Editor’s note: Ian Murray is using Zwift to train for the International Triathlon Union Long Course World Championships held in Odense/Fyn, Denmark July 2018. His weekly Zwift Insider series discusses the previous week’s training and the plan for the upcoming week.


It’s race week!  Ok, it’s not THE race week.  It is a race week.  I got roped into doing a local sprint triathlon, so I figured that I would take advantage of the opportunity to knock the rust off of the transition skills and blow out the pipes.  Prior to the race, though, I had plenty of training to get through.  You see, this was not a taper week for the race.  It was just another training week with a really hard effort at the end.

Getting On the Gas

Monday started out great.  Despite having legs that were a little tired from the weekend, they actually felt pretty good.  They didn’t have a ton of top-end snap, but there was definitely some pretty good responsiveness.  To test them out, I joined the ODZ Magnum MOnDayZ race.  My whole goal was to work for teammates as long as possible until I hit my targeted TSS.  Unfortunately, the early work that I did just before the first hard climb put me out of position to respond to attacks that I did not think were going to come on lap 1 of 3.  Very early on, I was spit out the back and quickly found myself too far down to play any role.  I continued to push on before hitting my TSS mark and pulling the plug.  Well, I wouldn’t really call it pulling the plug.  I switched over to the treadmill for a quick 35-minute run.  I spent some time at well below a 6 min/mile pace, so I knew I was ready for the weekend.  Tuesday was almost a waste of a day, though, as work issues caused me to cut my swim in half.  Of course, I thought that I would have time to finish the workout in the afternoon, but the gods of chaos made sure that wasn’t possible.  Wednesday and Thursday were pretty productive.  On Wednesday, I did the Endurance Lab Short VO2 workout before riding to work and later riding home to do the ODZ SkillZ and DrillZ Ride.  Thursday was a pretty decent swim, and I made up a little of the yardage that I missed on Tuesday.  I kept Friday pretty easy, knocking out 5.25 miles in 40 easy minutes.  Like most days before a race, I did a little brick workout with some pickups to make sure that the legs were ready to fire on all cylinders.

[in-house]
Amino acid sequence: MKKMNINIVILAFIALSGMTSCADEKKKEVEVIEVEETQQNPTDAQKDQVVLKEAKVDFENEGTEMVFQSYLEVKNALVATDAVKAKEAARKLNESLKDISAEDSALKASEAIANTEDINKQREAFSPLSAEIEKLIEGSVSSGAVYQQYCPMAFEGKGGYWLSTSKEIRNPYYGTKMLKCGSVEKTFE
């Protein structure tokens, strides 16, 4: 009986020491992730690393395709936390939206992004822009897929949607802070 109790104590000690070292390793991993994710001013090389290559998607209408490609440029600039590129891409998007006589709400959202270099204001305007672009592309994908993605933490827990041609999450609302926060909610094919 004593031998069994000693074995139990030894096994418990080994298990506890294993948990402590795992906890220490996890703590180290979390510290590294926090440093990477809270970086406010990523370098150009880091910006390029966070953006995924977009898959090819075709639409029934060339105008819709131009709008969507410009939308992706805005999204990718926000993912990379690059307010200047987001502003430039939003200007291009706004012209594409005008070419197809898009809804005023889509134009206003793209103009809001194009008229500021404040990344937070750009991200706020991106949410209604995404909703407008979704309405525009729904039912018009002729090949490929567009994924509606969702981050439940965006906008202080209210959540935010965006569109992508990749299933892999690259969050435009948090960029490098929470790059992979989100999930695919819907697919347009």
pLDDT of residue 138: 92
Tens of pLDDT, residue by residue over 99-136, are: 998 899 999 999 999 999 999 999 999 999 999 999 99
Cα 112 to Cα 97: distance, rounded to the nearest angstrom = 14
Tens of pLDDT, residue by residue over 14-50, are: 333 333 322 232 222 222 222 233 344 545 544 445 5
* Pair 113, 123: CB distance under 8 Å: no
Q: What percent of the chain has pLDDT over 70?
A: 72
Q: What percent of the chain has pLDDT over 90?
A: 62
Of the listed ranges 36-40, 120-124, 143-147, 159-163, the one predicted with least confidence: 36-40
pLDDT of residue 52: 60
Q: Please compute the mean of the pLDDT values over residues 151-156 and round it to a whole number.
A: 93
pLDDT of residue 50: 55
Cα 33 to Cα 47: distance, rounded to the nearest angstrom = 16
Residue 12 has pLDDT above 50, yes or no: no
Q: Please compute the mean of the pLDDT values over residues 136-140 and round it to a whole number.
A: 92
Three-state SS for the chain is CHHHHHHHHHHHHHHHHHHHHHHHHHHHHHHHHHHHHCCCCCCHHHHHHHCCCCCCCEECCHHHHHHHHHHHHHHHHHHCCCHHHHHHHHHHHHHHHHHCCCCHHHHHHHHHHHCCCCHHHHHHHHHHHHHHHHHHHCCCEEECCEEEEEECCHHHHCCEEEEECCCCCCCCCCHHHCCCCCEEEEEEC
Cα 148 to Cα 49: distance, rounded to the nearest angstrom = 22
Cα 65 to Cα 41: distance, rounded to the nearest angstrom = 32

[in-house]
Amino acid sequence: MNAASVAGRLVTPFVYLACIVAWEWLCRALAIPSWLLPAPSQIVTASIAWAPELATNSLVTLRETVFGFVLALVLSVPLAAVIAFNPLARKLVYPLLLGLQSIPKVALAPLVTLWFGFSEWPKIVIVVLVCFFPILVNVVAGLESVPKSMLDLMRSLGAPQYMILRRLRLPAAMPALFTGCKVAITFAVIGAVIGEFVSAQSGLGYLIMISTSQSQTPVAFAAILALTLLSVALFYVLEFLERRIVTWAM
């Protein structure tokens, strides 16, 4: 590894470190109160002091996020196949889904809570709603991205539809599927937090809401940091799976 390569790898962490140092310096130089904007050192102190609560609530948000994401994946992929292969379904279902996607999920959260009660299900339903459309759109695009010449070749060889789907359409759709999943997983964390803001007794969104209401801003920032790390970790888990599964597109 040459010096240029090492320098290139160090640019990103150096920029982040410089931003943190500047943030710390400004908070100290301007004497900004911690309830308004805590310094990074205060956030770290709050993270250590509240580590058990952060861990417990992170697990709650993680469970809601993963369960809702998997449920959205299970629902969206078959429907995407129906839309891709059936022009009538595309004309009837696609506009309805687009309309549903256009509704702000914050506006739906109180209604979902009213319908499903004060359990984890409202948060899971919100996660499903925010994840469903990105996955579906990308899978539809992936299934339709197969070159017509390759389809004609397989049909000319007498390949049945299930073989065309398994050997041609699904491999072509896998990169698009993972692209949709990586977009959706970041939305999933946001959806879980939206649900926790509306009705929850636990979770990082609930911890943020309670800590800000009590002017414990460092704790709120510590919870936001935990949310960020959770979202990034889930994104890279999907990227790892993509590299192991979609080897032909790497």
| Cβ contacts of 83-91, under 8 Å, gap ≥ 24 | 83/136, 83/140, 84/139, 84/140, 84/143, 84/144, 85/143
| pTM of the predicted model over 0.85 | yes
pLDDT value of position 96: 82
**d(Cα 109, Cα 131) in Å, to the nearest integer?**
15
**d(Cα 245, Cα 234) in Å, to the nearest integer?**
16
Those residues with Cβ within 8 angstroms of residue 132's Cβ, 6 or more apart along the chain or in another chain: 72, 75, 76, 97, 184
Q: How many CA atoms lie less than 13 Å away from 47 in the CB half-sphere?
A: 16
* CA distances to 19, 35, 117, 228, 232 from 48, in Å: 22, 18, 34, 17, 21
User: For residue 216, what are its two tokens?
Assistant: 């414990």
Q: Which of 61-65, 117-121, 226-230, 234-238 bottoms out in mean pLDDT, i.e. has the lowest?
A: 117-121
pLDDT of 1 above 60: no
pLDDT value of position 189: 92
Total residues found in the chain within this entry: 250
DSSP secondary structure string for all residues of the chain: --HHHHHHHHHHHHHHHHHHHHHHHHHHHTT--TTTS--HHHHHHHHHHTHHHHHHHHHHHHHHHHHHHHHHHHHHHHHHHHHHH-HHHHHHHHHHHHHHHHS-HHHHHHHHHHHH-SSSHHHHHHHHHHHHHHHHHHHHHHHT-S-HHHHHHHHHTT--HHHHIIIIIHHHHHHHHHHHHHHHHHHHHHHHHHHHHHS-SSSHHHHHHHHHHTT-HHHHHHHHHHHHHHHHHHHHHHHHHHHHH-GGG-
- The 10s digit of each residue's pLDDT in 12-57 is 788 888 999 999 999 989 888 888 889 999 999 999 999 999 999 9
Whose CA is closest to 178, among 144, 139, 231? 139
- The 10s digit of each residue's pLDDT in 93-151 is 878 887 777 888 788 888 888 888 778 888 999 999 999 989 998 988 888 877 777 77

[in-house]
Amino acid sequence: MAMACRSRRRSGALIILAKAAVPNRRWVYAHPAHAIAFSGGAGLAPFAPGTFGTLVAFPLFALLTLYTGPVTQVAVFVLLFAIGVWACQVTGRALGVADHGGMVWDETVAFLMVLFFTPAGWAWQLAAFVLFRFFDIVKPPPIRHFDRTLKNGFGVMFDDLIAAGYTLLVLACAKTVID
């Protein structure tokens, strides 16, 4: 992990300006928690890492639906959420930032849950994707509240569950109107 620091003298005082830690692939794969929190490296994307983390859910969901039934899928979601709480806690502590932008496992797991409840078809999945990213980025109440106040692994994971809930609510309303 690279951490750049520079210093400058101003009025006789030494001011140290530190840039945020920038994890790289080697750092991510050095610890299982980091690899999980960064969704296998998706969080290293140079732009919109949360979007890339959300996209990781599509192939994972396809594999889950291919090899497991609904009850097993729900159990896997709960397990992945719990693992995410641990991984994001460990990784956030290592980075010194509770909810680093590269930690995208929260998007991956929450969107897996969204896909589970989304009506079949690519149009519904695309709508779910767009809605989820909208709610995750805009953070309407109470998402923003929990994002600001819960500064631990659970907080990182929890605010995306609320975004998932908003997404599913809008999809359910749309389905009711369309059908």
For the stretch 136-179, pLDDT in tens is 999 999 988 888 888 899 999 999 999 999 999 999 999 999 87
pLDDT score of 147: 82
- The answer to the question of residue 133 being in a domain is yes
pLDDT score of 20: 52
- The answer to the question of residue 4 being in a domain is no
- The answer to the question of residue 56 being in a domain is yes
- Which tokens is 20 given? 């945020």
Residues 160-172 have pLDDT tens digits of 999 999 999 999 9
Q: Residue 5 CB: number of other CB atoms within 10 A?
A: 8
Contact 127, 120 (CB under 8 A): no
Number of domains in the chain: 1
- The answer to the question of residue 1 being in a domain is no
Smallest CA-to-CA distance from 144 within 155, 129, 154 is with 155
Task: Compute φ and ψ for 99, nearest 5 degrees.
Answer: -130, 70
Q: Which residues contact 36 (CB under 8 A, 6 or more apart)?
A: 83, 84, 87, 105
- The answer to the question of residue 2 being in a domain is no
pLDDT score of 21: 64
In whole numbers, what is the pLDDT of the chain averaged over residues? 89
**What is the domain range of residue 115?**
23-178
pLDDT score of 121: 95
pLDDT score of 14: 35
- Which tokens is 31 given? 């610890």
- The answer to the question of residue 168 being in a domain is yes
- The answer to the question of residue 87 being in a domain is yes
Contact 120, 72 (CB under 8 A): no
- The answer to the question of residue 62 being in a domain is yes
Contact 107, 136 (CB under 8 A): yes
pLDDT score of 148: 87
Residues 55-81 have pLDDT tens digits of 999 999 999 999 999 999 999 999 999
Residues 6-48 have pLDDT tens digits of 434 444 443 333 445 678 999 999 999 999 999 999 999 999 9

Finally, Sunday arrived, and I would like to say that I had a restful night.  I didn’t.  It rained like crazy all night until 6 AM, including the requisite thunder and lightning.  No big deal, the weather moved on, and it looked promising for the race.  The one thing that remained, however, was the waves.  Four to six-foot waves.  Awesome.  I don’t want to sound like I was afraid of the waves.  Fear generally resides in the unknown.  I have raced in waves like this before.  I had no fear.  I had complete knowledge that I was going to get hammered a bit.

At 8 AM, the gun sounded, and we took off.  Turns out, I was very correct in my assessment of the waves.  I got beat up pretty bad getting through the break, but I eventually made it through… with goggles full of water.  I made it out another 200 meters or so before popping up to clear out my goggles in a failed effort to find the buoy.  With waves towering over the orange buoy, I had little hope of actually spotting it during one of my momentary sighting episodes.  Eventually, I caught a bit of luck and looked at the high point of a wave.  That’s when I realized that my timing was the only bit of luck that I had in the water.  Yeah, I was a bit to the right of the course…about 80 meters.  I made a hard few pulls to get back on course and made the turn around the buoy.  You can see below that my swim course looks a lot more like Gandalf’s hat than a pretty triangle.  I finally dragged my sorry butt out of the water and sprinted into T1 in about 30th place.  Not the amazing swim I had envisioned.

I quickly strapped on my helmet, grabbed my bike, and ran through T2, executing a perfect flying mount and making my first pass.  I immediately jumped on the power, blowing by riders who had had a better swim.  A few minutes into the bike leg, though, I learned that the race was “draft legal”.  Ok, it wasn’t really draft legal, but there were no race marshals, so it’s just accepted here.  Despite the race information stating that riders should avoid drafting, I soon found six riders on my wheel who had apparently not read that part.  I tried to put in some surges to get away from them, but the course was flat with a bit of headwind.  Thus, the numbers worked against me.